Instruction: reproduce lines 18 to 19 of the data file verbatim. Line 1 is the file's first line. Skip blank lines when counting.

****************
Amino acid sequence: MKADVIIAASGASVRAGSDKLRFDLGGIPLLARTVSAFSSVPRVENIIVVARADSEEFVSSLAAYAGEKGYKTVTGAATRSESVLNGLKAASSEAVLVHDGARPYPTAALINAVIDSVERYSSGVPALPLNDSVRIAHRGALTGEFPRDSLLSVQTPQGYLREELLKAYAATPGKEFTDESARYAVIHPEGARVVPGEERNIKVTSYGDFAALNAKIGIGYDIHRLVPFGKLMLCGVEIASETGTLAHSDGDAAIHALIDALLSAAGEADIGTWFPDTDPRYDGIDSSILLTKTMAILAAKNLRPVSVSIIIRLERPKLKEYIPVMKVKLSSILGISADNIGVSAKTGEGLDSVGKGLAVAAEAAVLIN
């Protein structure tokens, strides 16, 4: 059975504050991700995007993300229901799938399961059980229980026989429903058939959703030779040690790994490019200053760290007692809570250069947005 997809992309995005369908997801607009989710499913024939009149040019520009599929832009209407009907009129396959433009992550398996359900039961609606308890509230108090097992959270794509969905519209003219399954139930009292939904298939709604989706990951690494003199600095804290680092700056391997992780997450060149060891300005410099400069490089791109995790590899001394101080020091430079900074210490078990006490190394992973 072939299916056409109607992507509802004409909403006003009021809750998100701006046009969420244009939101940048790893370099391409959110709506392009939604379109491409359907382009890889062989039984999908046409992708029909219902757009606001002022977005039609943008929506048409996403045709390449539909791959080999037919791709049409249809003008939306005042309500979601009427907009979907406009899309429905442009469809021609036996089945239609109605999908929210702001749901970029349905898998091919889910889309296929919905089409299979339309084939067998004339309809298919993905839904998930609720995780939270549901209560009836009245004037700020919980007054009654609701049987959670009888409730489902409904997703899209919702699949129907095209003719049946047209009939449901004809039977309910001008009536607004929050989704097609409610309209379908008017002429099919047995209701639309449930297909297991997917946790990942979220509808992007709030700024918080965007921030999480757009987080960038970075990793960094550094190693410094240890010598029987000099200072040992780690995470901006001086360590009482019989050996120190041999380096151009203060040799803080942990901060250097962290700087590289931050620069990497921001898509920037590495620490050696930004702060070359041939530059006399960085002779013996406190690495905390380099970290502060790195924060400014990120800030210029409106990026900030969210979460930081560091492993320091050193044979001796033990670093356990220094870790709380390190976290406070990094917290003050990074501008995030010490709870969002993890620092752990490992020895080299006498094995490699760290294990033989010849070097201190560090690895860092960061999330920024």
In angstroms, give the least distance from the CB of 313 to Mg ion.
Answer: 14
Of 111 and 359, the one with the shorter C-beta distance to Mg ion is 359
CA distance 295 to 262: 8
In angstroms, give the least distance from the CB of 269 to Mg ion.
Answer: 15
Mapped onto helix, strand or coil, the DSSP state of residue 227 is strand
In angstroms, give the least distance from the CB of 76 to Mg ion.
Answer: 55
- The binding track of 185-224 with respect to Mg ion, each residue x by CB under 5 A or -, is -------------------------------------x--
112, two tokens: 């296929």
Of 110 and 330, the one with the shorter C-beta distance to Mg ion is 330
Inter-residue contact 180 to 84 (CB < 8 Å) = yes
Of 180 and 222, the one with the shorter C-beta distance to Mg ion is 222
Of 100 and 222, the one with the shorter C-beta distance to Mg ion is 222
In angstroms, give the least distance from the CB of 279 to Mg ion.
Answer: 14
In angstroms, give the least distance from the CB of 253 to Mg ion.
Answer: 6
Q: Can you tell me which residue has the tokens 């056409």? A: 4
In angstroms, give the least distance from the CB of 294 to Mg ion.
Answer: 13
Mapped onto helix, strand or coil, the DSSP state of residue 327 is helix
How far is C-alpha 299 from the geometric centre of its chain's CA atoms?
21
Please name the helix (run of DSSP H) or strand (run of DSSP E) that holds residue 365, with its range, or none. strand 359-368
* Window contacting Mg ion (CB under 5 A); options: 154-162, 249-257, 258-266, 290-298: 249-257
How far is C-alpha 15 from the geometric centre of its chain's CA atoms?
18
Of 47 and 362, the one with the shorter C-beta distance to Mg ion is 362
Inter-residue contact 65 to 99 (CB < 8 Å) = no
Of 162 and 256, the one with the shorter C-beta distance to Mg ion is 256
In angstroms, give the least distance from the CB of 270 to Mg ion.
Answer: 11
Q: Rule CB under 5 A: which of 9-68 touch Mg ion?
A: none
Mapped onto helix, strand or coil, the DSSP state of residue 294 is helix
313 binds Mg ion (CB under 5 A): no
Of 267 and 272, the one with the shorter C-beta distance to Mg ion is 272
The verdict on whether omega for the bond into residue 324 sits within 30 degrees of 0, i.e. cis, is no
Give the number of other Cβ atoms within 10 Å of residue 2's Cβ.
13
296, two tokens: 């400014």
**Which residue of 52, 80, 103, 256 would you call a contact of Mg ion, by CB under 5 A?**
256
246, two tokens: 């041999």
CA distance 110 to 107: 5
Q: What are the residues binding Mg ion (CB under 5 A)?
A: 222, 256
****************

In angstroms, give the least distance from the CB of 279 to Mg ion.
Answer: 14